Nearly half of GCC residents own a smartphone, which is the highest percentage in the world. This app-hungry region is gobbling up communications applications at a fast rate and more than 51 per cent say that they use apps ‘all day long’, according to research commissioned by AppsArabia. The recent launch of the new Visual Studio (VS) by Microsoft in Dubai followed a landmark event in New York. Mitra Azizirad, the tech giant’s general manager for developer tools, marketing and sales, speaks to AMEinfo.com about the latest incarnation of the product and the latest shift in Silicon Valley.
How was the New York City launch and the one in Dubai?
We had a launch last year and this is the first time we’ve done a launch year-over-year of VS. Approximately 48,000 people participated in 2012’s online event and this year we had 200,000 in the first 24 hours – that level of momentum is fantastic and unprecedented. Our goal was actually 80,000 and we wanted to try and double that, so 200,000 was beyond our wildest dreams.
So why set that goal? And why was it exceeded so massively?
We’ve almost had an embarrassment of riches in terms of all of the added value within VS. We’ve also had the unveiling of VS online, which really takes our product, end to end, to provide services in the cloud. We’re providing VS on top of Azure and I think that garnered a lot of attention in addition to the services we’re providing. This includes Monaco, which enables lightweight development within any browser, as well as Insights, which gives a 360° view of app performance. So that’s been something people have been excited about. There were a number of things in our demonstrations where there was a lot of spontaneous applause. It was interesting to see how the same things played out in NYC and Dubai.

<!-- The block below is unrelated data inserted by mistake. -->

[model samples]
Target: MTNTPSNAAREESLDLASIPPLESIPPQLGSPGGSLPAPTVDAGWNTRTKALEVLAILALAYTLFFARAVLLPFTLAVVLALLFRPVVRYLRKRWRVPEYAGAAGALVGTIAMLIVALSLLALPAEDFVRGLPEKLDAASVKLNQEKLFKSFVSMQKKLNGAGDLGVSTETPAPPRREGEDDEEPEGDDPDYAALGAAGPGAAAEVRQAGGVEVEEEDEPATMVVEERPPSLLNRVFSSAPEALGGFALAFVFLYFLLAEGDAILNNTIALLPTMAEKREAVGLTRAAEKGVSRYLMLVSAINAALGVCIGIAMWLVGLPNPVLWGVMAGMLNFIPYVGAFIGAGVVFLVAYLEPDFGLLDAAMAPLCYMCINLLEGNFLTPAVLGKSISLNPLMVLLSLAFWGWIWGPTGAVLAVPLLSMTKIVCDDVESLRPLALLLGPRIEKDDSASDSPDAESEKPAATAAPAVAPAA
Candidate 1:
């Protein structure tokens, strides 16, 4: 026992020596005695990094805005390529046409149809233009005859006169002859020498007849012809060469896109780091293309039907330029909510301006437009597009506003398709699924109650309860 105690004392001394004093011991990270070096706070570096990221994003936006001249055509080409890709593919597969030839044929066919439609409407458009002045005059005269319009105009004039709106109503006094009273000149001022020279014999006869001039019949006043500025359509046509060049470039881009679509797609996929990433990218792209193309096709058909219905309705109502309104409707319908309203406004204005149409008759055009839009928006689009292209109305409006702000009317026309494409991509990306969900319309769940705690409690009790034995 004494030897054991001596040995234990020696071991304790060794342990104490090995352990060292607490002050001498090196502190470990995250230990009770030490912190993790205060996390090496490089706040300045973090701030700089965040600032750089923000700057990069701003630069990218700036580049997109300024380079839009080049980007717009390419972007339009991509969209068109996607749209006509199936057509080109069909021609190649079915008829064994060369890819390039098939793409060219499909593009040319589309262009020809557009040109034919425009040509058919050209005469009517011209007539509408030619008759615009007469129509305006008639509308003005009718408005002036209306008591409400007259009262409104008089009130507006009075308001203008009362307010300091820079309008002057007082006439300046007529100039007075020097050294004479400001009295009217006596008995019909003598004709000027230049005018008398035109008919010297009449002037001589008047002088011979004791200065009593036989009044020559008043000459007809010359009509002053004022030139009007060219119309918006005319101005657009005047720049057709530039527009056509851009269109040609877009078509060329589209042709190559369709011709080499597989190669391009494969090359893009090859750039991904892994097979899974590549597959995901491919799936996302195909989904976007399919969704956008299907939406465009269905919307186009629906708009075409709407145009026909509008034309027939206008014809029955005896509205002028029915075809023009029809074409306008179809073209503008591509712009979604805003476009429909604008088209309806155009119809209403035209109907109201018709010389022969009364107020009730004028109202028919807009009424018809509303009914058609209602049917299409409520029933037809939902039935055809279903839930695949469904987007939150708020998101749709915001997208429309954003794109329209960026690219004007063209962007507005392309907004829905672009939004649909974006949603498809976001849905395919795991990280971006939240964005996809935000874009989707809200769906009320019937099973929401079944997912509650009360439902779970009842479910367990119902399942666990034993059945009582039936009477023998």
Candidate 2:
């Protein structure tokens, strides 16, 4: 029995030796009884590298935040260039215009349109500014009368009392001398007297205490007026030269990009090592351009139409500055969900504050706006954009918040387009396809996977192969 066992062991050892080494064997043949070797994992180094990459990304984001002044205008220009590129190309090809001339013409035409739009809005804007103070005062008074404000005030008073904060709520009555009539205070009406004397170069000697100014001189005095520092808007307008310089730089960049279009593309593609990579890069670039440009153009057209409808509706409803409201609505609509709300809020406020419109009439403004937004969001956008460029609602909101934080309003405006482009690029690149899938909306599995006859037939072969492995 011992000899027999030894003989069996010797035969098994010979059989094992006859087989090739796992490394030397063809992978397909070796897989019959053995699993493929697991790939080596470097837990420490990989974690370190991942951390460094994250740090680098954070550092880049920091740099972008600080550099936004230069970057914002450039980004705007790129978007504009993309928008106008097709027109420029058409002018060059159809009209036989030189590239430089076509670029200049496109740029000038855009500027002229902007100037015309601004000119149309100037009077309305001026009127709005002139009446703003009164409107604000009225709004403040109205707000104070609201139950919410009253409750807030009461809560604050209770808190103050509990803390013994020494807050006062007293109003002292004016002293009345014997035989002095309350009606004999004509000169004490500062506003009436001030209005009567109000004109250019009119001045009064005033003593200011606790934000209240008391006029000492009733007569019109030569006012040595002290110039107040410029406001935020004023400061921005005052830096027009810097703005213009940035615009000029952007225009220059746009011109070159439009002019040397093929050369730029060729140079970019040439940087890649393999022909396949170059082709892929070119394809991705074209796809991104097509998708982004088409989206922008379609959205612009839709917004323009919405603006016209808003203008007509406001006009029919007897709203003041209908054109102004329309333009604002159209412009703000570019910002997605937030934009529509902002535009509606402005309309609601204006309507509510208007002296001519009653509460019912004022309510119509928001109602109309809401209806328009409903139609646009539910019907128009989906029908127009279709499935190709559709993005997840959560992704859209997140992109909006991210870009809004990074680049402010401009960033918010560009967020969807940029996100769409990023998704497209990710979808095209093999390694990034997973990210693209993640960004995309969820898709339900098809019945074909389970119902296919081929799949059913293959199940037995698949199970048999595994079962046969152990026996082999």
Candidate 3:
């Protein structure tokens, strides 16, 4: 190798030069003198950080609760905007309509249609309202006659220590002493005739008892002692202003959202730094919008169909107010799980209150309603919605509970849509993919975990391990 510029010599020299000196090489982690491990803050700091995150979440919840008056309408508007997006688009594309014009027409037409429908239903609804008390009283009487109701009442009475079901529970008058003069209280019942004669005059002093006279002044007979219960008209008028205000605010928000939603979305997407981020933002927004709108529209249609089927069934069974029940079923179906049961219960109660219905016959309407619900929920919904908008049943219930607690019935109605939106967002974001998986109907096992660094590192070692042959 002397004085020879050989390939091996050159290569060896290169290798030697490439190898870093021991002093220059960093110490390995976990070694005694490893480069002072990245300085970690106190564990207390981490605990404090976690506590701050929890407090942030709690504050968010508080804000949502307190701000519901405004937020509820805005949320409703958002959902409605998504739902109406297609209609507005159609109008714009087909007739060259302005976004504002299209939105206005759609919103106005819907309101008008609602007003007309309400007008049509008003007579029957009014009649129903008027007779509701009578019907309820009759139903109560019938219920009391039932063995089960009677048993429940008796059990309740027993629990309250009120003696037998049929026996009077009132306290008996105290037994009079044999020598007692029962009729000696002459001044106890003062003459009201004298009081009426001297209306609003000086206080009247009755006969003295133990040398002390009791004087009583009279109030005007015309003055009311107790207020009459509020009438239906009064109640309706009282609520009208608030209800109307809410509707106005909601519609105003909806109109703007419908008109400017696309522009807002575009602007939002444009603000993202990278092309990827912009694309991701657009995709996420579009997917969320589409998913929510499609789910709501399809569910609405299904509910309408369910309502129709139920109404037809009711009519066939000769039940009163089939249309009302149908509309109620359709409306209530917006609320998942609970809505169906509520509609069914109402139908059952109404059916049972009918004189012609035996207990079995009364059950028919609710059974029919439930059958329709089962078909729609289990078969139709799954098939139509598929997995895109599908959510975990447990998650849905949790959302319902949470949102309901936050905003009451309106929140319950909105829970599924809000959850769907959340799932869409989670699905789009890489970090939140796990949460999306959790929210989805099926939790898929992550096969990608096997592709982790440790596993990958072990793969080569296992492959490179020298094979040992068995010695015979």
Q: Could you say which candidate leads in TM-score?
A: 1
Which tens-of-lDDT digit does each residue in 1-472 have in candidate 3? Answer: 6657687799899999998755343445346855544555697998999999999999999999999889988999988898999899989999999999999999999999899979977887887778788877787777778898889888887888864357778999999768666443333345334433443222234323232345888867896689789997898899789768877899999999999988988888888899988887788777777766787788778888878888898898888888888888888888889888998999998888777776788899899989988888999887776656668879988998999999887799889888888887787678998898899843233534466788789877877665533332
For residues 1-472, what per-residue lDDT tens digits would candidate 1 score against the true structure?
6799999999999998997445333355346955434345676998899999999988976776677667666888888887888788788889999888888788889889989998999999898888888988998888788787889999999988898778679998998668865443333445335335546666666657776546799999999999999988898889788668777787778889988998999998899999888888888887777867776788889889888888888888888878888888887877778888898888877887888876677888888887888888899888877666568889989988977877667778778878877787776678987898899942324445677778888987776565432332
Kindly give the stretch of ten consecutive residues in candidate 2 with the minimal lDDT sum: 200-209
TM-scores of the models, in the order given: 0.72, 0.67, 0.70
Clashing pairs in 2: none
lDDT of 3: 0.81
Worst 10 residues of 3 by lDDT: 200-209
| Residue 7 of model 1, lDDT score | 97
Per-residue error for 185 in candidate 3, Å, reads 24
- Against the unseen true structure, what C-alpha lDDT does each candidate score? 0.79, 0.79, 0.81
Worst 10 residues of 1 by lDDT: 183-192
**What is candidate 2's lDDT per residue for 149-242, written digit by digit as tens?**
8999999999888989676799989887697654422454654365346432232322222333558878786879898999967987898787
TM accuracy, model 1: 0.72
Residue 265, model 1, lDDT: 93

What were they cheering for?
A lot of features that might seem minor for code correcting, but developers were having ‘thank God moments’ and there were a lot of them.
Who was in the room? Were they all developers?
We had people in the room and virtual participants, as well as the on-demand segment. Sixty per cent were IT decision makers (ITDMs), who are the guys focused on application lifestyle management and tend to be product purchasers, and 40 per cent were hardcore developers.
From your perspective, is there a watershed between the decision makers and developers? Is there a synergy from having these guys all in the same room?
Developers tend to look into the innards of the technology and the ITDMs look at how to best deliver the application in the cheapest and most collaborative way. They hold the purse strings and then the developers go to work. ITDMs are pretty excited about the dev ops enhancements and the investments we’re making, which are differentiated in the industry. It’s not just a case of each party throwing their work to each other over the wall, there’s definitely a cultural shift taking place, which is moving toward collaboration.
So if the developers are the artisans and the ITDMs are the number crunchers, it makes sense for them to understand one another and work closers together, but are you seeing this cultural shift across the whole of Silicon Valley?
The industry goes through things, such as ‘scrum’, which is how people come together and work to get an app developed and deployed. Then we move into things, such as agility and dev ops, which sit under an umbrella of application lifecycle management. With great collaboration we can see high quality apps and quicker deadlines, and these are the things that are changing the most. At Microsoft, we used to deliver products every two years. We got on a cadence this year of releasing our service every three weeks and had updates every quarter. We restructured the way we work in order to get on that faster release cadence. Our customers are going through that too – old processes don’t work in this world of constant releases. The person at the centre of this transformation is the developer. This quicker cadence requires a shift, both from an industry perspective and internally, and the changes are not just cultural but technological.
Is the software malleable depending on customers’ needs?
If you’re going to create an application for Windows, this is how you do it.